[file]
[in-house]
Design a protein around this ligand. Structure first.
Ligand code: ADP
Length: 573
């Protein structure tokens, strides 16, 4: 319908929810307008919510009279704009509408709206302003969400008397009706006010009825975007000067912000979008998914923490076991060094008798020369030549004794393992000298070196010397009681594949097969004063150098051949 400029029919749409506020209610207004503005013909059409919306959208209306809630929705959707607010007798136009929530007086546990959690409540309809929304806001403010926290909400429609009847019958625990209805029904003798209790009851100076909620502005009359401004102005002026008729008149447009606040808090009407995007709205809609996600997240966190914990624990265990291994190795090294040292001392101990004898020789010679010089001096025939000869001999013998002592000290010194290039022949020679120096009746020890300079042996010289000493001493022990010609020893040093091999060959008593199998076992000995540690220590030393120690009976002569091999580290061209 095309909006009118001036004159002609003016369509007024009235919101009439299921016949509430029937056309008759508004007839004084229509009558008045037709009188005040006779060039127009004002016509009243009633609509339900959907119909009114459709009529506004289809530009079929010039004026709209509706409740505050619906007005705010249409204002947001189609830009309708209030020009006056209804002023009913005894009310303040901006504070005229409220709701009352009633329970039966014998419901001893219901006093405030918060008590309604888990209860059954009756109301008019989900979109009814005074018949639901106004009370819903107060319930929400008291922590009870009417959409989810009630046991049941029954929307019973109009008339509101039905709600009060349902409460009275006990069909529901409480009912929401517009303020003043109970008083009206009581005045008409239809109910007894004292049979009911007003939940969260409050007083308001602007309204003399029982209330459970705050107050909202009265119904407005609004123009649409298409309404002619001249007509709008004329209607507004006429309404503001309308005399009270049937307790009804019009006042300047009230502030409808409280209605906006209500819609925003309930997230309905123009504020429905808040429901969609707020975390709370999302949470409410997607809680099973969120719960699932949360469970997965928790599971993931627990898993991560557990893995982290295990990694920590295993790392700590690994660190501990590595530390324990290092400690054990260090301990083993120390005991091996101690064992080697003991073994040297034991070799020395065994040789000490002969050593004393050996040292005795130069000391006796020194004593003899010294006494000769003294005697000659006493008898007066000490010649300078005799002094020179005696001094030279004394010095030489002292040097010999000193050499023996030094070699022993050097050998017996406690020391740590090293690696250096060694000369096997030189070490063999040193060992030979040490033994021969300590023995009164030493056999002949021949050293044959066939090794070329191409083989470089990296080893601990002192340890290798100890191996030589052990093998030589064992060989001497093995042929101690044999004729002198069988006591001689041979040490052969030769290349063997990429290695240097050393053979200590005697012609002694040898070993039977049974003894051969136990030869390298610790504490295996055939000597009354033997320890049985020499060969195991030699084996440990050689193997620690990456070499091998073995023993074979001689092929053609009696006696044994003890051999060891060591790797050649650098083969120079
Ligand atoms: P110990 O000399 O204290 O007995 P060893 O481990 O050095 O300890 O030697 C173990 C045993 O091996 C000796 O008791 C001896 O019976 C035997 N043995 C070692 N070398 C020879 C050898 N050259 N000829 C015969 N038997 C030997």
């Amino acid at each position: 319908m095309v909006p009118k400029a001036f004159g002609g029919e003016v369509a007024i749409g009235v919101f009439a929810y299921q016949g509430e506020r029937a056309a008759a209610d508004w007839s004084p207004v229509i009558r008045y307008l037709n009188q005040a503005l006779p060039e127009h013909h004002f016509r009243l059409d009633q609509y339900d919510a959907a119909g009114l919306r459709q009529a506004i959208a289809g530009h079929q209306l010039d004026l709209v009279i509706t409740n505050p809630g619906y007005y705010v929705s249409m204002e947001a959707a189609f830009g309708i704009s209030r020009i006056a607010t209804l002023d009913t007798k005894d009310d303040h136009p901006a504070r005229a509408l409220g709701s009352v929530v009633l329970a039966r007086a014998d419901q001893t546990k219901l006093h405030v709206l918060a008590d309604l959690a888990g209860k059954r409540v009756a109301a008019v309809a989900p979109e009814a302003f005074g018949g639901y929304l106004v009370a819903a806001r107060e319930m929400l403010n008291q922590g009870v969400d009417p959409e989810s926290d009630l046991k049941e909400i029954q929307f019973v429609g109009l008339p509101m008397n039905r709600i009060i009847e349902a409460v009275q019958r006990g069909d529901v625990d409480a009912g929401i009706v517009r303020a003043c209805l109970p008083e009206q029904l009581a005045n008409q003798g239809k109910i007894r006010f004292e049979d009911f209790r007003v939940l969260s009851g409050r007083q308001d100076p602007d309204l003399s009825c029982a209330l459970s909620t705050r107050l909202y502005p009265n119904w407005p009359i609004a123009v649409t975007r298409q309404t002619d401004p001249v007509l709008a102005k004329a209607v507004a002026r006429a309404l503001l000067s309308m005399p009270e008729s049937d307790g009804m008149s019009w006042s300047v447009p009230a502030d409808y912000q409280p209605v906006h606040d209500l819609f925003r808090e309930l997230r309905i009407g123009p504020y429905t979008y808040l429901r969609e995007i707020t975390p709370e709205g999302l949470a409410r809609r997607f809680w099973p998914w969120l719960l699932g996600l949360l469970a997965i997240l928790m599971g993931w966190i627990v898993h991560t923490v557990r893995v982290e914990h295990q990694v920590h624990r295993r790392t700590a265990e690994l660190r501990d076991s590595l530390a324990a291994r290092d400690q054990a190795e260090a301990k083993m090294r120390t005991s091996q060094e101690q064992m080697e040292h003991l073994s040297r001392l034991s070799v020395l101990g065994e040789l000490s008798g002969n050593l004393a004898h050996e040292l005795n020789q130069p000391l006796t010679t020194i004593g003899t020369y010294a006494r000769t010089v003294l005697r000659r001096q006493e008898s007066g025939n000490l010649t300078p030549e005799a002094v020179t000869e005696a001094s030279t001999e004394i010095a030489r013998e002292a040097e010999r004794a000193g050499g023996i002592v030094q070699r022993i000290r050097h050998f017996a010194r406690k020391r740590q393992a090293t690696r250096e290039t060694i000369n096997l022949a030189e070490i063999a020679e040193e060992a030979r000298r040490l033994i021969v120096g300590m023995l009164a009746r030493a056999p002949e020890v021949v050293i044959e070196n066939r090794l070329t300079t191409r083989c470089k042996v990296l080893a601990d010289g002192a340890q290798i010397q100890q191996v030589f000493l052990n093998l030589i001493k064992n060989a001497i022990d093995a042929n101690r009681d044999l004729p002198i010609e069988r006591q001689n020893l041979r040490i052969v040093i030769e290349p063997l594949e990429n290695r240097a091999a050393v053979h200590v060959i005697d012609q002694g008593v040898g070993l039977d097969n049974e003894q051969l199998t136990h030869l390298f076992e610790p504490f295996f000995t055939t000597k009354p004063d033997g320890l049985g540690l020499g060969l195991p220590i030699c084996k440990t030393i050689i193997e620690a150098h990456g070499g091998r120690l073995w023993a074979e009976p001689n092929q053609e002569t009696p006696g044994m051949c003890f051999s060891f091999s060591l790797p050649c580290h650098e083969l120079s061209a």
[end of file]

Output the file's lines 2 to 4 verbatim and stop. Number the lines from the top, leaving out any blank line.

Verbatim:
Design a protein around this ligand. Structure first.
Ligand code: ADP
Length: 573